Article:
If someone else’s dog injured you, you might be facing medical bills, lost time at work, and pain and suffering. You might be wondering what steps you can take to recover your damages and move forward with your life. There are several laws affecting dog bite injury claims, so make sure you have a dog bite attorney in Gwinnett County like David Brauns to represent your rights properly.
With more than 70 million dogs in the U.S., it is inevitable that there will be dog bites. In fact, according to the American Veterinary Medical Association, dogs bite at least 4.5 million people annually, with 20 percent of them requiring medical attention. Reconstructive surgery is required for 27,000 of those bitten, and in 2013, there were 31 reported deaths associated with dog bite incidents. A dog bite can be painful, and filing a personal injury claim can add to that burden.
But Brauns Law can ease that burden by providing legal representation from the start of the claim until it settles or resolves in court so you get the compensation you deserve.
How do I know if I have a viable claim?
David Brauns will review every aspect of your case to determine if you have a viable claim, and can then help you collect the right evidence to prove it.
Georgia statute O.C.G.A. 51-2-7 governs how dog bite or other animal injury cases are handled. It states that the injured party must prove the animal owner’s liability for the injury. To do so, the injured party must show either of the following points are true.
- The animal is dangerous or vicious, and the owner knew the dog was dangerous or vicious. Further, the victim must prove that the dog owner did not properly manage the dog or allowed it to run at large.
- The dog was not on a leash as required by local law, and the owner did not properly manage the dog or allowed it to run at large. Under these grounds for liability, the owner does not have to know that the dog is dangerous or vicious.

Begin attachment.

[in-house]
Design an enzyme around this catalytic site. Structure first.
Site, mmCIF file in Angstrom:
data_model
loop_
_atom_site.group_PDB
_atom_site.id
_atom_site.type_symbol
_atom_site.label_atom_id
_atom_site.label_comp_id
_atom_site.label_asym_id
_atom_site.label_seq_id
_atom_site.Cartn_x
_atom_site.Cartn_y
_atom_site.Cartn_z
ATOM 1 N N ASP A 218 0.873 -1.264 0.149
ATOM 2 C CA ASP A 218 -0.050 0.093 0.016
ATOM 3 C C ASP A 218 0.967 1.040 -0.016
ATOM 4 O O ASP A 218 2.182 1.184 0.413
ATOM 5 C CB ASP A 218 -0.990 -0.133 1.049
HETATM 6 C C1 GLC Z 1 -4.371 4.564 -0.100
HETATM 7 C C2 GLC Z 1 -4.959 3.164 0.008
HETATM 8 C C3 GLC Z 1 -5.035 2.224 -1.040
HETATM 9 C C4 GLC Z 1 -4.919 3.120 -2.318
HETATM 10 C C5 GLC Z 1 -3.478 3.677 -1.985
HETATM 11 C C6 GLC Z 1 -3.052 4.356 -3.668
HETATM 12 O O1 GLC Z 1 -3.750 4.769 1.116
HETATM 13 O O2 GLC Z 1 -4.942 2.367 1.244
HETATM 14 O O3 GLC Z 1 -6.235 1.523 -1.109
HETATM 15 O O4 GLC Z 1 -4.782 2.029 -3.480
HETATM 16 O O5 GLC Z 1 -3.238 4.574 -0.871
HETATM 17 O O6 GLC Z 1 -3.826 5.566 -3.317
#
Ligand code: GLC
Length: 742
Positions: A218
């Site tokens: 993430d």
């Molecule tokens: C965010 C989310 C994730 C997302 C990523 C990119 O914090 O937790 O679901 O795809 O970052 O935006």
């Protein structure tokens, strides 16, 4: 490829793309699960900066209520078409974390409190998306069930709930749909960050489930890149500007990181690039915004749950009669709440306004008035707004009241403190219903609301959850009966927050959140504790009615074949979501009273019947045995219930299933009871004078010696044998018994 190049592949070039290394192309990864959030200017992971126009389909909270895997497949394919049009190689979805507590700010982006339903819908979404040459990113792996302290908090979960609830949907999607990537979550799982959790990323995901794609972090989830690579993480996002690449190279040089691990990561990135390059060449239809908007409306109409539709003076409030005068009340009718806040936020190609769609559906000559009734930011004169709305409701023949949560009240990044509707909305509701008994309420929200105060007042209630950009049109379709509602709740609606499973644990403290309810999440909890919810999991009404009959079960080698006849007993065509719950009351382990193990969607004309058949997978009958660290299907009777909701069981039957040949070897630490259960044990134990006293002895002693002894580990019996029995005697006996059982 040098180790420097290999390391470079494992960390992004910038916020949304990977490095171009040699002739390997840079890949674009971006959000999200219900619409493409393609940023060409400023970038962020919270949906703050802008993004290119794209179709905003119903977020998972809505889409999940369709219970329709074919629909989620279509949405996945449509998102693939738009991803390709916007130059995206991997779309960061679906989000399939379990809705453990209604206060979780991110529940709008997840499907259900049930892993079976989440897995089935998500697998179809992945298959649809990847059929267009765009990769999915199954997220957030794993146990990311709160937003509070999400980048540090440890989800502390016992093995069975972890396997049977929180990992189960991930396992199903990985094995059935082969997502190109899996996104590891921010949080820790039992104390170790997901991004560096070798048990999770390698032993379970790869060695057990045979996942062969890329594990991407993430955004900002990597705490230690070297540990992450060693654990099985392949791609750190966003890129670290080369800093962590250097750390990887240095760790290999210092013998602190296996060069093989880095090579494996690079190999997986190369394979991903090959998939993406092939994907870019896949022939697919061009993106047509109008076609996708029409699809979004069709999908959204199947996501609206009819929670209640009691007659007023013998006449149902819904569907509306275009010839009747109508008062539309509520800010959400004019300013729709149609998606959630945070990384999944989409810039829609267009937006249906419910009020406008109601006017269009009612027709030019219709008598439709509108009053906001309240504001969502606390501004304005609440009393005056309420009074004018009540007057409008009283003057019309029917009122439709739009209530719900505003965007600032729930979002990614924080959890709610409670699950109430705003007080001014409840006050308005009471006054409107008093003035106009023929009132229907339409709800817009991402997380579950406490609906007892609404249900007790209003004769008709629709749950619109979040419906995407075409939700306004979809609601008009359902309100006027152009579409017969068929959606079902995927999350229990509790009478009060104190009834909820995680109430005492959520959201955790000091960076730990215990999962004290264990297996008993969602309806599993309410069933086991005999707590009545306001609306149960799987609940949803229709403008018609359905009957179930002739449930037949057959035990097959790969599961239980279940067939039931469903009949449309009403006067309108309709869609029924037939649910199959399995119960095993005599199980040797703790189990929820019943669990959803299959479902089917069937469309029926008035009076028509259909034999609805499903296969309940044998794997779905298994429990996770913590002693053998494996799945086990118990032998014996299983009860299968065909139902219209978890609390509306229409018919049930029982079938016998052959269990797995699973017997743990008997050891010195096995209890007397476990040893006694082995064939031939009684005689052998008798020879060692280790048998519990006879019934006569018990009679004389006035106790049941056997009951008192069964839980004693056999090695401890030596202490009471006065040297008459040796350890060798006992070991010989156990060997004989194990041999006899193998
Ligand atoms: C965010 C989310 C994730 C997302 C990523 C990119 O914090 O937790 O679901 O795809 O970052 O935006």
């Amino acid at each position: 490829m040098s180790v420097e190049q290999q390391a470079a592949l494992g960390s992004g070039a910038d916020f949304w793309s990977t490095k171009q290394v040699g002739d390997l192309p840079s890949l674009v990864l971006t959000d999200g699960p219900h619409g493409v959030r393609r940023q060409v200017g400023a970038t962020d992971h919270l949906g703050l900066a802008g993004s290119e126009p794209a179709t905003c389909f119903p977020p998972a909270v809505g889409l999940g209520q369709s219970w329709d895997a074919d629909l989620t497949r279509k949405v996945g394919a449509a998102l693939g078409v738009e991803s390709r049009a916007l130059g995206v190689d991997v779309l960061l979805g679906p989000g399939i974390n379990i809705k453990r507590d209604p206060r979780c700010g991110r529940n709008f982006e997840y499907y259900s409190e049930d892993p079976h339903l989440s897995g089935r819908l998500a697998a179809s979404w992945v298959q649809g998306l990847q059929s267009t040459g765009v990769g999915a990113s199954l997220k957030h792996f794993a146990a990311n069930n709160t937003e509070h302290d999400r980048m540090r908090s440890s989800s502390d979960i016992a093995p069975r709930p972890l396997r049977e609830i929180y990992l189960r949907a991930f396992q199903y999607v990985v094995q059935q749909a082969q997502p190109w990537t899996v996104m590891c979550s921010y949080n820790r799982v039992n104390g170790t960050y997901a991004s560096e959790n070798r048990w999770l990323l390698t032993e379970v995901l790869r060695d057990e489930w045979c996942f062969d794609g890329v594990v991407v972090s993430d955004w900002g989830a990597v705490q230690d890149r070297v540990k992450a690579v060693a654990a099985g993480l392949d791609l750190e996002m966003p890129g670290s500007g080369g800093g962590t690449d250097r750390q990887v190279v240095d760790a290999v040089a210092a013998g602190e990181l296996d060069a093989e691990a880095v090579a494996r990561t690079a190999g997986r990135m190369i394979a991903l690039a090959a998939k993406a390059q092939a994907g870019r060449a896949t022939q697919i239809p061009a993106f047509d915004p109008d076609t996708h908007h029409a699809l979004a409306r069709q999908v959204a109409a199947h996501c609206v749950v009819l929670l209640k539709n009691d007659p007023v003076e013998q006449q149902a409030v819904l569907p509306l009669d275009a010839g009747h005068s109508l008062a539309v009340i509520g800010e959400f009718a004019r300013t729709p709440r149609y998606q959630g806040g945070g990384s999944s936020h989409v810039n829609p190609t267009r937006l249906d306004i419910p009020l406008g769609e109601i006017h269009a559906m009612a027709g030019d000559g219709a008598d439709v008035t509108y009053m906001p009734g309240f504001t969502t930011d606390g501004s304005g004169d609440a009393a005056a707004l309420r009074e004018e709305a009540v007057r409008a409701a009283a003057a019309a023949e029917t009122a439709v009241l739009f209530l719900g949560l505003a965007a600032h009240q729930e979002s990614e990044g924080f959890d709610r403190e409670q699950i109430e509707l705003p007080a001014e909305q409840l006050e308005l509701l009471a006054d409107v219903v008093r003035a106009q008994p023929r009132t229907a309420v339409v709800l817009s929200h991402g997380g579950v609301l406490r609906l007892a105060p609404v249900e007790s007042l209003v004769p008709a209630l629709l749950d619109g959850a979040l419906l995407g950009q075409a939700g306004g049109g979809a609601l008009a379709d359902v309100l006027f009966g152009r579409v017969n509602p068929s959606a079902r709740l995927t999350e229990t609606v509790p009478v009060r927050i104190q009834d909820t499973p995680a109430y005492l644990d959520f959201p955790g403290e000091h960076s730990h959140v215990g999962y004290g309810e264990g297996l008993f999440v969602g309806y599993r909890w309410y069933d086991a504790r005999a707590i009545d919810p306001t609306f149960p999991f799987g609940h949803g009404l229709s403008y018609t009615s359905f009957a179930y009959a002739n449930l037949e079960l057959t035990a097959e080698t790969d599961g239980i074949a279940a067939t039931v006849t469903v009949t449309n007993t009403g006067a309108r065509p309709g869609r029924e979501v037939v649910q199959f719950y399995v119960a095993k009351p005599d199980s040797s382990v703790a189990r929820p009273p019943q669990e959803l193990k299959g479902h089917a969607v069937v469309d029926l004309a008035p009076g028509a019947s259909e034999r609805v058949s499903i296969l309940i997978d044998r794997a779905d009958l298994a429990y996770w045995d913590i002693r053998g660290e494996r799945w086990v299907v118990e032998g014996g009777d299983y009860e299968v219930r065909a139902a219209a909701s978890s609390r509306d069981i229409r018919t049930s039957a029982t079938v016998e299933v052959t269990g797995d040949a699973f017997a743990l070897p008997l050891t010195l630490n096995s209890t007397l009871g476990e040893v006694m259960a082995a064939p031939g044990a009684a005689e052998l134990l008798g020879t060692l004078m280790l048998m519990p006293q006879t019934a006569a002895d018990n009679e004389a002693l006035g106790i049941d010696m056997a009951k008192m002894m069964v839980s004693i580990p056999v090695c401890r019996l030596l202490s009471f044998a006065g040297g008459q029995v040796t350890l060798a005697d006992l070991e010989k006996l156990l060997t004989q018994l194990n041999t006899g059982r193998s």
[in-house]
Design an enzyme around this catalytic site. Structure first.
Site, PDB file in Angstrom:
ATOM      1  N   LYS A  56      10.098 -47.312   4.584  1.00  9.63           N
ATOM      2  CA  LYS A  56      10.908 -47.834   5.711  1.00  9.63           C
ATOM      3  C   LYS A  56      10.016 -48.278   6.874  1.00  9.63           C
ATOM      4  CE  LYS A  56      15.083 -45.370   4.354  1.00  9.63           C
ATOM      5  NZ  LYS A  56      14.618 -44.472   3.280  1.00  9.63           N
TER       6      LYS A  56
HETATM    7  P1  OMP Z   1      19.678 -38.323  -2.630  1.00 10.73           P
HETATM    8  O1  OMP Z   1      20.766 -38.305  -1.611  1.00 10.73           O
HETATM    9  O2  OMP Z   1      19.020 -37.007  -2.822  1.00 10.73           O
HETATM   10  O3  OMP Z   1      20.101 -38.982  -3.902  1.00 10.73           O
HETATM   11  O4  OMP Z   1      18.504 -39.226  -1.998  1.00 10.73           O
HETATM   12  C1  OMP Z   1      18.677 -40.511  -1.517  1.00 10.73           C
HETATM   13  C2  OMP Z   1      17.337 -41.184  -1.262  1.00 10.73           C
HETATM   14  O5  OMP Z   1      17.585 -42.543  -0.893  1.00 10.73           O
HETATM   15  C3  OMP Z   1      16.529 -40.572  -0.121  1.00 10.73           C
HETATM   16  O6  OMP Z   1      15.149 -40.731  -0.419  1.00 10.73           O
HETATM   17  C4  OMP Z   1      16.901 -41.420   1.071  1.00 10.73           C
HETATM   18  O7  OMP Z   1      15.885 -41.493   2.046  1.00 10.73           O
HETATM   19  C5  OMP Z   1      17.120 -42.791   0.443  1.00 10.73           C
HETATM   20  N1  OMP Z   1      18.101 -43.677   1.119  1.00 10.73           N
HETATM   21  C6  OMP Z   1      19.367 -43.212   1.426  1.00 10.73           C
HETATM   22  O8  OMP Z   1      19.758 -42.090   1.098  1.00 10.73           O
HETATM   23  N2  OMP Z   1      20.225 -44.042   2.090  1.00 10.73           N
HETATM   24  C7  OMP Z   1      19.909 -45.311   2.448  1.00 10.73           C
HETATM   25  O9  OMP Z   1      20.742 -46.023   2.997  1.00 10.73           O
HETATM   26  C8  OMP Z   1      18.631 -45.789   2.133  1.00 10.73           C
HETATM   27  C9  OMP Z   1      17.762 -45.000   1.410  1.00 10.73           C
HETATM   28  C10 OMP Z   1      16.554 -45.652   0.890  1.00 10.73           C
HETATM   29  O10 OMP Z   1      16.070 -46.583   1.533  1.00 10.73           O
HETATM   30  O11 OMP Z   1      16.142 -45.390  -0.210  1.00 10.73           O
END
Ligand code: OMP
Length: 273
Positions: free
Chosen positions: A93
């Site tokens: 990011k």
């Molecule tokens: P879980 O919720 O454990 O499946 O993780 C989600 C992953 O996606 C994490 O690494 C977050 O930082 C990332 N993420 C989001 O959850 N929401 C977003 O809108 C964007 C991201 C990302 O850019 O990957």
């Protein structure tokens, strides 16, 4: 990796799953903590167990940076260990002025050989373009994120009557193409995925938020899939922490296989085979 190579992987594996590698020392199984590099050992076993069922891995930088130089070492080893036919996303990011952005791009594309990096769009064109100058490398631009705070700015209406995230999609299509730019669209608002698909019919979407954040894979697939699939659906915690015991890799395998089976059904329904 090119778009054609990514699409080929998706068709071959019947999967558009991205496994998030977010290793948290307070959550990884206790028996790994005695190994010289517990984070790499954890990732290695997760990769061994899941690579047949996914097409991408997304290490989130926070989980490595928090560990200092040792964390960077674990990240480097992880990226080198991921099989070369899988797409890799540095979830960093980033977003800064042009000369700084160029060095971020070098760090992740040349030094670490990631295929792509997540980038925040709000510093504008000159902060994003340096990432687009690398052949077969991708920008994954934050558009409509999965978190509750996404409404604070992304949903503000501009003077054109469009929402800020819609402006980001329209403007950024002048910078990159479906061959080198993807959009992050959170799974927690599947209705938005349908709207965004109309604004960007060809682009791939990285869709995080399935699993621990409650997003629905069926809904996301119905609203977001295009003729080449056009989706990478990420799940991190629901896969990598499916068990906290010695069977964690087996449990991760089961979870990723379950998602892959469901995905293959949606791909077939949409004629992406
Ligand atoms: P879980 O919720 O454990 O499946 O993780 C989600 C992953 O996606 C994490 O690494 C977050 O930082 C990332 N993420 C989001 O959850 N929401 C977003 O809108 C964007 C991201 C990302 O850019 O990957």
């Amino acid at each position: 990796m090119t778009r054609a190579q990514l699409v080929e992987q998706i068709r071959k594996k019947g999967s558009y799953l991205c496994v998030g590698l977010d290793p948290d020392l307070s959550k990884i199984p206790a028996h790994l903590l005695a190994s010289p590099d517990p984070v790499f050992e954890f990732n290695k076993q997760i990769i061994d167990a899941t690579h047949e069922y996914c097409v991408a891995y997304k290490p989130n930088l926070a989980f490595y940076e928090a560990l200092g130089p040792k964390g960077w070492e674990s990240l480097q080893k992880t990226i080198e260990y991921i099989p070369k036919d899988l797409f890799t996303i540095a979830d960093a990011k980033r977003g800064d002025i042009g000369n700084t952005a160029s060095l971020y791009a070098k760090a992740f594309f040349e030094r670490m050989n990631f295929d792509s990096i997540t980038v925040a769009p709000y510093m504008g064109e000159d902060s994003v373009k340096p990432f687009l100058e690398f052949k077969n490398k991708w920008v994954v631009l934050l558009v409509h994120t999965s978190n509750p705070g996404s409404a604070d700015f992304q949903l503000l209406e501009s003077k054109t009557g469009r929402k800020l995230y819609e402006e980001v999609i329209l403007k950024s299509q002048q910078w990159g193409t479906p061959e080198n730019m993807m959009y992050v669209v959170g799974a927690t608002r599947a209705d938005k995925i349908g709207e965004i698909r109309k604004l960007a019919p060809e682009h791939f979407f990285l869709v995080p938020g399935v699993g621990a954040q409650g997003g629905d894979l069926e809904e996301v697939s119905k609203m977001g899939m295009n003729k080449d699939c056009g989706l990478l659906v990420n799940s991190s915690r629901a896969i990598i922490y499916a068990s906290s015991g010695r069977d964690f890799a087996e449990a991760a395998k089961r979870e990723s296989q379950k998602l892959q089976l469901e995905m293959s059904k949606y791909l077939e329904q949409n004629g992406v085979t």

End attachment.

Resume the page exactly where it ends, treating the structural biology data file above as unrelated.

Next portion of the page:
The burden of proof is on the injured person to prove that the animal owner is liable. This means your case must include proof that the animal owner acted negligently or carelessly, contributing to the dog bite injury.
All claims involving dog bites are subject to a two-year statute of limitations. If the dog bite incident occurred more than two years prior to the date of filing, the courts will not hear the case.
What types of defenses should I expect in a dog bite claim?
An owner can claim lack of liability because he did not have knowledge of the vicious nature of his animal or could argue he did not exhibit lack of care or any wrongdoing in the incident. Some possible defenses you should prepare for in a dog bite claim include the following.
- Lack of knowledge: If the owner had no reason to expect his dog would bite a human (no previous incidents), he can use the defense that his lack of knowledge precludes his responsibility. Georgia has a “One-Bite Rule” which states that a dog owner can be exempt from liability if he did not know his dog was vicious before a bite. After the first bite or if the dog shows any propensity towards viciousness, the dog owner cannot claim lack of knowledge.
- No evidence of negligence: If the dog was properly restrained or in an area where leashes are not required, it may be difficult to prove lack of care. You need to be able to prove that the owner did not have proper control over his animal or that he let the dog “go at liberty.”
- Provocation: Georgia law states that if the injured party teased or abused the dog, then the owner may not be responsible for the bite. We will work with you to present evidence that proves this was not the case.
It is important to discuss the details of the incident with your attorney so you can prepare for defenses that might arise.
How can I get help?
David Brauns and the Brains Law team understand your concerns and fears and are ready to offer compassionate legal services to help you get results. For a free consultation, contact us at 404-418-8244.